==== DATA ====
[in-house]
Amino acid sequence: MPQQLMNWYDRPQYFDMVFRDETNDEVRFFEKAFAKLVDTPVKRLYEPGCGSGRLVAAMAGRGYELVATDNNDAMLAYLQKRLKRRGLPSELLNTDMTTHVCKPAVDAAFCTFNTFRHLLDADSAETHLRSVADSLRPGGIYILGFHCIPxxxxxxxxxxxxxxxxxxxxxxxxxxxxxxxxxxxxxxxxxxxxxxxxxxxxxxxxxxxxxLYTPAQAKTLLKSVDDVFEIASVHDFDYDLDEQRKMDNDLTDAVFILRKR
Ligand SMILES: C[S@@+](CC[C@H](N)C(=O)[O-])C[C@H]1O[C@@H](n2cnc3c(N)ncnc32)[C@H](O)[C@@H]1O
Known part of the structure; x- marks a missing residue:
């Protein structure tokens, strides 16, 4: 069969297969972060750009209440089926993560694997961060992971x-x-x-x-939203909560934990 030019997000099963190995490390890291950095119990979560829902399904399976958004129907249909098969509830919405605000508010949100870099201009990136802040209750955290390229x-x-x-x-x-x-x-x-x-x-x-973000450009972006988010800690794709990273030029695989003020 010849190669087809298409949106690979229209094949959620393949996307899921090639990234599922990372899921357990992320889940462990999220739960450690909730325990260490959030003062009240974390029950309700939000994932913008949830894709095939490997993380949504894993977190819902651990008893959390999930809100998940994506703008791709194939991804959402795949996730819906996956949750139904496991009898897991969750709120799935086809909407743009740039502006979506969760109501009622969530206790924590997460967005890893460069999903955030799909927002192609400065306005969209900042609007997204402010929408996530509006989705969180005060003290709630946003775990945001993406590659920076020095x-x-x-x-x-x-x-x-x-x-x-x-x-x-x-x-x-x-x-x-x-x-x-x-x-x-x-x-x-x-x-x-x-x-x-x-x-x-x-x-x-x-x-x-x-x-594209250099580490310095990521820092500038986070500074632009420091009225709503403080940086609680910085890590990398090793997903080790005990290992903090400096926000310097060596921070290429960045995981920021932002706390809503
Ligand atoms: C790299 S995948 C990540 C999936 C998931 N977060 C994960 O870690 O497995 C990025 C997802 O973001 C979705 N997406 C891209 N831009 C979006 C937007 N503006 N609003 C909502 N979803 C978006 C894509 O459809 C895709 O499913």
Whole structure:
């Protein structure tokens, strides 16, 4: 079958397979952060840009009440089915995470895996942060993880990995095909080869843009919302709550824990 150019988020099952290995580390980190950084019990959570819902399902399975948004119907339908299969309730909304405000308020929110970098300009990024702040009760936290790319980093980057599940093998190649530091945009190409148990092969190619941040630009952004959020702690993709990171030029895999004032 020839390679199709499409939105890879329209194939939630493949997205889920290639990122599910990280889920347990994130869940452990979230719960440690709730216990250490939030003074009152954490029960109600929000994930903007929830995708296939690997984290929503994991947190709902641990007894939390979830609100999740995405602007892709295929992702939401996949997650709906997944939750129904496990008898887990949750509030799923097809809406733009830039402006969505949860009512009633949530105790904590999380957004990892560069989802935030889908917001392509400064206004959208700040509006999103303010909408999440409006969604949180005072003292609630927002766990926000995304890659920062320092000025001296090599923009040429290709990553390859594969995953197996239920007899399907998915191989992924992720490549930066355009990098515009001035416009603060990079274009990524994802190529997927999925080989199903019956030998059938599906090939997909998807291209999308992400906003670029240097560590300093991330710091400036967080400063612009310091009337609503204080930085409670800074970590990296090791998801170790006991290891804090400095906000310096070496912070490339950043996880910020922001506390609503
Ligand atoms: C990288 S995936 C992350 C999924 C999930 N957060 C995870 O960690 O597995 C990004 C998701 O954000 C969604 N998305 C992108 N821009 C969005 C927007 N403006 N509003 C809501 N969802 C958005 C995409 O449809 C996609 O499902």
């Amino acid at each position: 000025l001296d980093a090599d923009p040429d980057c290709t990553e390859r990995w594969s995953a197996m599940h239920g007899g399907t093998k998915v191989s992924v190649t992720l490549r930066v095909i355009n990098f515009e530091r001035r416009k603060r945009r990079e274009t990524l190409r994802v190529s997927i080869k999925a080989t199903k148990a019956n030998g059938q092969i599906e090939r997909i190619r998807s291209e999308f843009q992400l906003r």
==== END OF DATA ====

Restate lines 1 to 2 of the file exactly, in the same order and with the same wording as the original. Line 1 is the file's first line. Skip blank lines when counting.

[in-house]
Amino acid sequence: MPQQLMNWYDRPQYFDMVFRDETNDEVRFFEKAFAKLVDTPVKRLYEPGCGSGRLVAAMAGRGYELVATDNNDAMLAYLQKRLKRRGLPSELLNTDMTTHVCKPAVDAAFCTFNTFRHLLDADSAETHLRSVADSLRPGGIYILGFHCIPxxxxxxxxxxxxxxxxxxxxxxxxxxxxxxxxxxxxxxxxxxxxxxxxxxxxxxxxxxxxxLYTPAQAKTLLKSVDDVFEIASVHDFDYDLDEQRKMDNDLTDAVFILRKR